Let’s do our part, teachers, to stop the insanity. Let’s not wake up again, like every other day, to hear about the next mass shooting, the shooting of a person because of their color, or other tragedies of politics, famine, war, and hate, and then wonder why.

We know why.

We know that for decades teachers have been asked to commit what will be seen in the future as crimes against humanity.

We know that teachers have had to follow senseless rules and regulations to keep their jobs and feed their families.

We know that teachers are bullied throughout our school systems in the same way that some of their students are bullied in class.

We know teachers’ voices are almost the least heard when systems decide what is best for their learners, and that only the students themselves have less of a voice.

We know teachers feel dissonance daily, and that they are asked to do what they know is not best for their kids.

And we know they feel powerless to change – the system is too big and too strong.

Still, we ask, “Why are our people, our nations, and our world in so much pain?”

It is startlingly simple.

For years we have left teachers alone in their classrooms, secluded from the workings of the real world, and then asked them to prepare our children for their futures in the real world. We left them with a divided, knowledge-based curriculum that separates life into content areas, adult constructs that makes sense of education but no sense in reality. Kids don’t experience the world as a mathematical equation, or as a science experiment. Teaching static content and facts does not help develop children who know who they are, how they fit into the world, and how they can contribute back.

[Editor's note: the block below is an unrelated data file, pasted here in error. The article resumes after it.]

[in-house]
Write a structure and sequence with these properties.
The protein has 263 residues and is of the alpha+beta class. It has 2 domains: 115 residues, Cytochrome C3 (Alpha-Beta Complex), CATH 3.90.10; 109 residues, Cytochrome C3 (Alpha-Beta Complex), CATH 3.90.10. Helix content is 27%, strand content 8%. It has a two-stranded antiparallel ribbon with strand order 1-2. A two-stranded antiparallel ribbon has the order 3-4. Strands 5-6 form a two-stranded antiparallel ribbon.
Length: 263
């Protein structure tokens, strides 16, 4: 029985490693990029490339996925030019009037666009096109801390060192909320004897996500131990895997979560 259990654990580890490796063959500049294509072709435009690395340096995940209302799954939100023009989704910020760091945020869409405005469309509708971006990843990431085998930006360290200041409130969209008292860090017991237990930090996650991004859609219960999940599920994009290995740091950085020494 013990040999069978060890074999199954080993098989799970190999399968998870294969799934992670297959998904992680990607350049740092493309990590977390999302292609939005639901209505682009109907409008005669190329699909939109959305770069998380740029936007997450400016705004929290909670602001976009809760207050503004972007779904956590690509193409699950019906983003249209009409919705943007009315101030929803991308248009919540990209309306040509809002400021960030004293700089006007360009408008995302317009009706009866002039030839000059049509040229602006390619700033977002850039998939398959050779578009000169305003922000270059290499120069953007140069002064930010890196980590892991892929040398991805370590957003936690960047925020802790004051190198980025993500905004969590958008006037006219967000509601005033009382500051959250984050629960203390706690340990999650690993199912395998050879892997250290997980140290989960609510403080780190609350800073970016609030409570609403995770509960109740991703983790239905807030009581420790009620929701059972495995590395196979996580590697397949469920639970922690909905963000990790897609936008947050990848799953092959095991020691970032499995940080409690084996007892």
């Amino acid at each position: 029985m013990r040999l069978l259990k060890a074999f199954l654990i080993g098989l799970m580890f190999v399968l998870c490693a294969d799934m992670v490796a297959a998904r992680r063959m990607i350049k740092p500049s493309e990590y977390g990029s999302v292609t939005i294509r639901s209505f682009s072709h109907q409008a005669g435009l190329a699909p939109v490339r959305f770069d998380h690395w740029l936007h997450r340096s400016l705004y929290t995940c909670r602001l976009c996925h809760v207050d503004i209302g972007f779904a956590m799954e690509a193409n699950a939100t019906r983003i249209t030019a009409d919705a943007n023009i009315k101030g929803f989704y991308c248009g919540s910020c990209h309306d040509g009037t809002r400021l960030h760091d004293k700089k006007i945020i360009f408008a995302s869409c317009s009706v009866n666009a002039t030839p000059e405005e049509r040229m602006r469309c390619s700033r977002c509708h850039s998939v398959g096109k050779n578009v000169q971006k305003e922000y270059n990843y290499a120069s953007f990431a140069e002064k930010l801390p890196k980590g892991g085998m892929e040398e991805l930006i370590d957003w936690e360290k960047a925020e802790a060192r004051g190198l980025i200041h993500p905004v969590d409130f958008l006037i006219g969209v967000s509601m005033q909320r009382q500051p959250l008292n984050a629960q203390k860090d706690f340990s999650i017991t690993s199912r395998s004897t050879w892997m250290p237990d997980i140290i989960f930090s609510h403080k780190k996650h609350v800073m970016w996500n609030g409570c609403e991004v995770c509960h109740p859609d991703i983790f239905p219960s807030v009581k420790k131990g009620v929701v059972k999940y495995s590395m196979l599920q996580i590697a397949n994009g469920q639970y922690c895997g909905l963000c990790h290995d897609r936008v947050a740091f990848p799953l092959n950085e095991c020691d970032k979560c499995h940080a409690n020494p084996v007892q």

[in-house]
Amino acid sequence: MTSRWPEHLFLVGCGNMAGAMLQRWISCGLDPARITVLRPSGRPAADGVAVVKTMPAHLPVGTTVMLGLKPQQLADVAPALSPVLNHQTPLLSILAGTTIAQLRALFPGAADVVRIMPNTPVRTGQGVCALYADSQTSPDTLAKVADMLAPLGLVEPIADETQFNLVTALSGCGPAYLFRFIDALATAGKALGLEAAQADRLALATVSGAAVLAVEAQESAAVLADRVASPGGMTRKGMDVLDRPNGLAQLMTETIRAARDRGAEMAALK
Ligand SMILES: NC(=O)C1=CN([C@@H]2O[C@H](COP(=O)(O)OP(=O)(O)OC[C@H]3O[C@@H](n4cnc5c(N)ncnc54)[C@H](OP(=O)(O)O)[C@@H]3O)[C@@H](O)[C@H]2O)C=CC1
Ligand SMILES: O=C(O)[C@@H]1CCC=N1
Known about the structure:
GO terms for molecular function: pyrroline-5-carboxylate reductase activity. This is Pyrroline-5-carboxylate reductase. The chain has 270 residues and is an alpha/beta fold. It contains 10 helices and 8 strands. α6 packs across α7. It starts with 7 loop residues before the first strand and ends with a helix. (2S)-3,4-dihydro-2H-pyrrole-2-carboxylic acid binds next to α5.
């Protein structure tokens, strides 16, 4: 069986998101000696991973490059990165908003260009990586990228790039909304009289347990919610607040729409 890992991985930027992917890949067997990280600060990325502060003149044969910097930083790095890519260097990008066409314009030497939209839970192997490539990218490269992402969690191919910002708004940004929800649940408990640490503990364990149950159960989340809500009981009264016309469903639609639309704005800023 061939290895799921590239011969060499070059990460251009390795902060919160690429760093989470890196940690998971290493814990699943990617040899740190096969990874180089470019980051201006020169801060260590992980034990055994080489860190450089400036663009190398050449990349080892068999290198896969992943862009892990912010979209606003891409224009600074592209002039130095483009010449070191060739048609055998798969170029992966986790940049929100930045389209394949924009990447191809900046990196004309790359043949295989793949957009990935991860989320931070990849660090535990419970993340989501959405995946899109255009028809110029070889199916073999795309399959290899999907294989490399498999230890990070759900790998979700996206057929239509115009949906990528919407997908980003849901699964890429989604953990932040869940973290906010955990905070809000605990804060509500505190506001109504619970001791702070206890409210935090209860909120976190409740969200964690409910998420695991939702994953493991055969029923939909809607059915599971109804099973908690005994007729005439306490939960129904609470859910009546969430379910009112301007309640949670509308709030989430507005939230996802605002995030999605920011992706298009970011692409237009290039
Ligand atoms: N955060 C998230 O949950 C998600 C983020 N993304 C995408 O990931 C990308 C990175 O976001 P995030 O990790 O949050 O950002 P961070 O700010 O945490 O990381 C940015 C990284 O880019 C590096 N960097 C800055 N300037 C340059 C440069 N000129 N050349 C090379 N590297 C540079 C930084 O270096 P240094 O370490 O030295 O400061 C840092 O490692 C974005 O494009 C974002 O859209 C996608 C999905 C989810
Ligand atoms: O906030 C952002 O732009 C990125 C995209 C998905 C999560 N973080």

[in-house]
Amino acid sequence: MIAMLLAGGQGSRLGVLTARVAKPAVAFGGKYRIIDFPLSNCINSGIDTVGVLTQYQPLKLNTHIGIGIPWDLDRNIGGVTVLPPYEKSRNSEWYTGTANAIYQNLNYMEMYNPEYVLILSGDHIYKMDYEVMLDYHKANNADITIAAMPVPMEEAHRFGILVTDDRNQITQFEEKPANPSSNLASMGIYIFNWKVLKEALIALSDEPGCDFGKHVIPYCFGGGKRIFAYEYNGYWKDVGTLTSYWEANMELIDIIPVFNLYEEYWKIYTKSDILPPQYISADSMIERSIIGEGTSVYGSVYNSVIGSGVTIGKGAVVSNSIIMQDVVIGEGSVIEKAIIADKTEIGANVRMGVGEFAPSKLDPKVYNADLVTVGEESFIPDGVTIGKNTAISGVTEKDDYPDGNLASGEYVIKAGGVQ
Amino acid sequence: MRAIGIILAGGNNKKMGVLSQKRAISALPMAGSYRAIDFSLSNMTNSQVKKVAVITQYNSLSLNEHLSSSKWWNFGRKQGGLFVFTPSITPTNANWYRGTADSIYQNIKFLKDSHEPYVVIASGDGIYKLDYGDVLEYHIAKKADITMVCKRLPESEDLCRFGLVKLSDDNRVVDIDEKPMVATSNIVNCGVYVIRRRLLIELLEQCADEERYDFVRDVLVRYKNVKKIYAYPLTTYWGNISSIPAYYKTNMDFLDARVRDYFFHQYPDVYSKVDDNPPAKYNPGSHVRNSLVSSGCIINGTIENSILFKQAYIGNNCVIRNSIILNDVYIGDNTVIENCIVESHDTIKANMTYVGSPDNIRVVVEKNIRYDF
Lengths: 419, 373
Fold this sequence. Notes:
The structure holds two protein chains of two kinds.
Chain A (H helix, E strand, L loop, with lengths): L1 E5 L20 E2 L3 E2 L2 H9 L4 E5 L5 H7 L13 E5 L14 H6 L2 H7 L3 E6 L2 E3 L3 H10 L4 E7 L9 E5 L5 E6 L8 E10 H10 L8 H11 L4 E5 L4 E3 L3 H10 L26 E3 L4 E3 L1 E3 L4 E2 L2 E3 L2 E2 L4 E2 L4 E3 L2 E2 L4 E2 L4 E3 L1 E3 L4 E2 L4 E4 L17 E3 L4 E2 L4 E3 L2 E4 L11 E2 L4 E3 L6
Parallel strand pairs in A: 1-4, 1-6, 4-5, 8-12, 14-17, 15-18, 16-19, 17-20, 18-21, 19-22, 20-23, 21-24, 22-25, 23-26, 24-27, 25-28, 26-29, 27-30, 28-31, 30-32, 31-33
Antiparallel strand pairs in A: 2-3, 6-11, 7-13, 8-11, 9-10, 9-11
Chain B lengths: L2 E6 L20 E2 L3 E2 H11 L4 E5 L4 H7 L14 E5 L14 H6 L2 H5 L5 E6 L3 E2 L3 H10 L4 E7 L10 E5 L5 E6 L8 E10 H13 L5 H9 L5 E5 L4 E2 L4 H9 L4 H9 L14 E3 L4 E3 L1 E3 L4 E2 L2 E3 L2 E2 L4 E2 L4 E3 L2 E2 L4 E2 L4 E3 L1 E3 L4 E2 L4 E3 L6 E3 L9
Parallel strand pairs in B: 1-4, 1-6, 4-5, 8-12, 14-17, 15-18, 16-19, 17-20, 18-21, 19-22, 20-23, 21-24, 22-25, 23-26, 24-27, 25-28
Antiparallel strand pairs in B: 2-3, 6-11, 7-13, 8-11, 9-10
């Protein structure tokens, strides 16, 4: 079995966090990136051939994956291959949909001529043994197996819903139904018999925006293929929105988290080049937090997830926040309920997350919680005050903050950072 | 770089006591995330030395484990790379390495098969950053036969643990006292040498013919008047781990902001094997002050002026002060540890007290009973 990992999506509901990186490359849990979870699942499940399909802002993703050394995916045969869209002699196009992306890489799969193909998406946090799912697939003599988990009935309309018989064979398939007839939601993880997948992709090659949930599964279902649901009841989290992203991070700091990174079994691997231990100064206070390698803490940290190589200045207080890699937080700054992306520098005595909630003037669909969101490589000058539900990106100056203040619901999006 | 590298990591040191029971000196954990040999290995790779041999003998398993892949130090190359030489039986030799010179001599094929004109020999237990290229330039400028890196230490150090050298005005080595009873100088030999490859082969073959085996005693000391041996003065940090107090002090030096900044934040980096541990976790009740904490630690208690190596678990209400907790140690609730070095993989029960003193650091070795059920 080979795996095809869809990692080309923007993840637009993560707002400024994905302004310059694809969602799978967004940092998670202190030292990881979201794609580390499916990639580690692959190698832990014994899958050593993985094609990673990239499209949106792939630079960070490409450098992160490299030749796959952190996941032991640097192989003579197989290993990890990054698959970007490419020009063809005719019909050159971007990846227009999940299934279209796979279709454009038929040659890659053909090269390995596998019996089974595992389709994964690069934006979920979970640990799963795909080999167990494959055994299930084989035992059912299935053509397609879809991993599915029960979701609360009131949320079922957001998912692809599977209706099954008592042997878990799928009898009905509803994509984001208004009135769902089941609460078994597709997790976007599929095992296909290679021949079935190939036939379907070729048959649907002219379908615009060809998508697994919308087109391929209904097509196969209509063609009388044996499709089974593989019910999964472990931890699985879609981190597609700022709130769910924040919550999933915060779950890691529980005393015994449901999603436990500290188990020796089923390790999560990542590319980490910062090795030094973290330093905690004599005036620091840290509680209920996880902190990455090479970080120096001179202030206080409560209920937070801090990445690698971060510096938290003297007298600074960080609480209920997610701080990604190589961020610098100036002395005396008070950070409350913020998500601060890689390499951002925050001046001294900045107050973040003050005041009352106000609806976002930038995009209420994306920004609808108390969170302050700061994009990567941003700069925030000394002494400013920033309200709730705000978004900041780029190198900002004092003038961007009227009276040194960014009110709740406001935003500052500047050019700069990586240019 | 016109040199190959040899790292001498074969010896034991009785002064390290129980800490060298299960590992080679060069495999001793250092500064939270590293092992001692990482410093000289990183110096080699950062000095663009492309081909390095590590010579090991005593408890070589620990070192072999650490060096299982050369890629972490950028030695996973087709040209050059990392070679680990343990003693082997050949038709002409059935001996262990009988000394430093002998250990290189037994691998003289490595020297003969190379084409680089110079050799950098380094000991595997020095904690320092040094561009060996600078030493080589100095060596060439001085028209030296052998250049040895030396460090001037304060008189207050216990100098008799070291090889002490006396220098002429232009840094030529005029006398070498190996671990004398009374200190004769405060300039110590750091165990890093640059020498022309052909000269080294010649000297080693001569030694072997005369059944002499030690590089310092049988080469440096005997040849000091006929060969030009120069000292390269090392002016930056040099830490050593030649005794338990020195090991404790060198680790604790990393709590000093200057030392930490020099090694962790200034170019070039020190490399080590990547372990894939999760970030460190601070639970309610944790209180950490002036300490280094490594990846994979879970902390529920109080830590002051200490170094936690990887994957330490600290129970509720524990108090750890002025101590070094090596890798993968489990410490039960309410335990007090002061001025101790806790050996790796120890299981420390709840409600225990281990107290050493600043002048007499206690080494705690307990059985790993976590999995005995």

Teachers, ask your students who they are, who they want to be when they grow up, and how they can contribute to humanity. You don’t need to wait, just do it. No one is coming. It is up to each of us to change the world, not tomorrow, but right here and right now.

If you stop what you are doing, hug every learner in your classroom, and tell them one thing you admire about them as a person, you will be saving lives. Believe that equity in our school systems is a right, not a fight, and that you and your learners can make the world a better place.

Changing one student’s world can be enough to change everyone’s.